A Quiet Place – movie review

by James Robins / 16 April, 2018
RelatedArticlesModule - A Quiet Place movie review

Silent horror A Quiet Place achieves pure tension – until they finally find the volume knob.

A Quiet Place carries a strict imperative: do not talk. Do not make a sound.

The instruction serves two functions. First, as a guide to the film’s action. The family at the centre of this horror picture cannot utter a peep because the planet has been decimated by a swarm of mysterious, fast-moving aliens who cannot see or smell. They hunt by sound alone.

Second, it’s a command to the audience. For moviegoers, this is commonplace – or at least should be. But in this case, it binds us to the film with a sense of apprehension, both of the coming frights and scares and the startling thought that we’re about to experience something truly audacious: a story told without spoken language, score, or effects – left only with diegetic noise and constantly bated breath.

Its first scenes artfully establish the heightened mood and paranoid tone. The family – composed of the film’s writer-director John Krasinski, his real-life wife Emily Blunt, and three children – tiptoe to a nearby town for supplies. The venture ends in violence, after one of the kids plays with a noisy toy. No dialogue, no music, no screams. Pure tension.

And then, sadly, the pretence is lost. The score – a menacing glissando now so common as to be tedious – starts up, shattering the illusion. There are entire full-volume conversations too. The defining conceit falls apart calamitously not long after; witness the strange hilarity of characters warning each other against danger by pushing a finger to their lips, as if this hadn’t already been said, so to speak.

There are, to be sure, moments of cleverness. One daughter is hearing-impaired (as is Millicent Simmonds, the actor who plays her). A muffled din swamps her perspective. Elsewhere, one standout sequence skilfully builds actions on consequences to achieve an otherwise absent degree of strain.

Fundamentally, though, the end product is a fairly ordinary horror picture of the Large Sudden Monster variety. Above all, there is a sense of lost opportunity. Krasinski could’ve made something truly ambitious and radical in A Quiet Place: the first ever non-silent silent movie.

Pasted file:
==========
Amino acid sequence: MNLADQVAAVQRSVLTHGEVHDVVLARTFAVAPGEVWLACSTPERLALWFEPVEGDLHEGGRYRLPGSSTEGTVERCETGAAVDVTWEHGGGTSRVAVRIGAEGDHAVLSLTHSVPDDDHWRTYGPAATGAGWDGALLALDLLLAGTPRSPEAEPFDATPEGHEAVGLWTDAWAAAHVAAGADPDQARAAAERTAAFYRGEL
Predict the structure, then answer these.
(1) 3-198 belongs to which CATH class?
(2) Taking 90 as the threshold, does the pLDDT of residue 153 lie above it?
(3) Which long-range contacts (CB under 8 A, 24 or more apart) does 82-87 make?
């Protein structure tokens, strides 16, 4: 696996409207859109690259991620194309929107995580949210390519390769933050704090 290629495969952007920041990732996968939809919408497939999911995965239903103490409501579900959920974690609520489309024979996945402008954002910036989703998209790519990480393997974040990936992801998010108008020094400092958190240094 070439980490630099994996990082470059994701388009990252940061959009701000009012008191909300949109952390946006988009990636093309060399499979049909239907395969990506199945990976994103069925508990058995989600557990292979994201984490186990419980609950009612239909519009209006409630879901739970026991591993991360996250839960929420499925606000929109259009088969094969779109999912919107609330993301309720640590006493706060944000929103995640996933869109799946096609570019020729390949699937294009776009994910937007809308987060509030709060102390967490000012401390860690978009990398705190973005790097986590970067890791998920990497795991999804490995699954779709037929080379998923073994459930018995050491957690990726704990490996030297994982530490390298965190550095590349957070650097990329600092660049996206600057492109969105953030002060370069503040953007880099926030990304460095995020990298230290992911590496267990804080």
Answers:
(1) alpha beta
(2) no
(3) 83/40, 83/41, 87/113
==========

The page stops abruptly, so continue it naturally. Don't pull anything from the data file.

Video: Paramount Pictures

IN CINEMAS NOW

★★★★1/2

This article was first published in the April 21, 2018 issue of the New Zealand Listener.

Latest

My Brilliant Friend: The HBO adaptation of Elena Ferrante comes to NZ television
99028 2018-11-19 00:00:00Z Television

My Brilliant Friend: The HBO adaptation of Elena F…

by Fiona Rae

A new TV series stars two women in repressed, male-chauvinist Naples and is filmed in Neapolitan.

Read more
If I were a rich man: A grammarian on the nettlesome subjunctive
98551 2018-11-19 00:00:00Z Diversions

If I were a rich man: A grammarian on the nettleso…

by Ray Prebble

Many people find themselves using one or other of these subjunctive forms without really knowing why.

Read more
As China shuts its gates to our plastics and paper, how can NZ stem the tide?
99059 2018-11-19 00:00:00Z Planet

As China shuts its gates to our plastics and paper…

by Veronika Meduna

Unless we get serious about recycling, there’ll be a tonne of plastic for every three tonnes of fish in the ocean by 2025.

Read more
Heights of contradiction: American and Israeli Jews' complicated relationship
99055 2018-11-18 00:00:00Z World

Heights of contradiction: American and Israeli Jew…

by Todd Pitock

Todd Pitock's travels through Israel reveal the true differences between American and Israeli Jews.

Read more
The Democrat's midterm wins spell the end of Trump's dream run
99105 2018-11-18 00:00:00Z World

The Democrat's midterm wins spell the end of Trump…

by Paul Thomas

Far from being Trump’s near-“complete victory”, the midterms mean opportunities for rigging electoral boundaries have swung back towards the Dems.

Read more
Sally Rooney's Normal People has the makings of a classic
99094 2018-11-18 00:00:00Z Books

Sally Rooney's Normal People has the makings of a …

by Kiran Dass

Normal People is sharply observed portrait of an on-off romance and a book you need to read.

Read more
Why you should avoid 'eating for two' during pregnancy
98747 2018-11-18 00:00:00Z Health

Why you should avoid 'eating for two' during pregn…

by Ruth Nichol

Doubling down on food during pregnancy is out, unless it’s diet quality we’re talking about.

Read more
The long, slow goodbye to Angela Merkel
99173 2018-11-17 00:00:00Z World

The long, slow goodbye to Angela Merkel

by Cathrin Schaer

German Chancellor Angela Merkel plans to leave the job in 2021, but that’s not soon enough for some.

Read more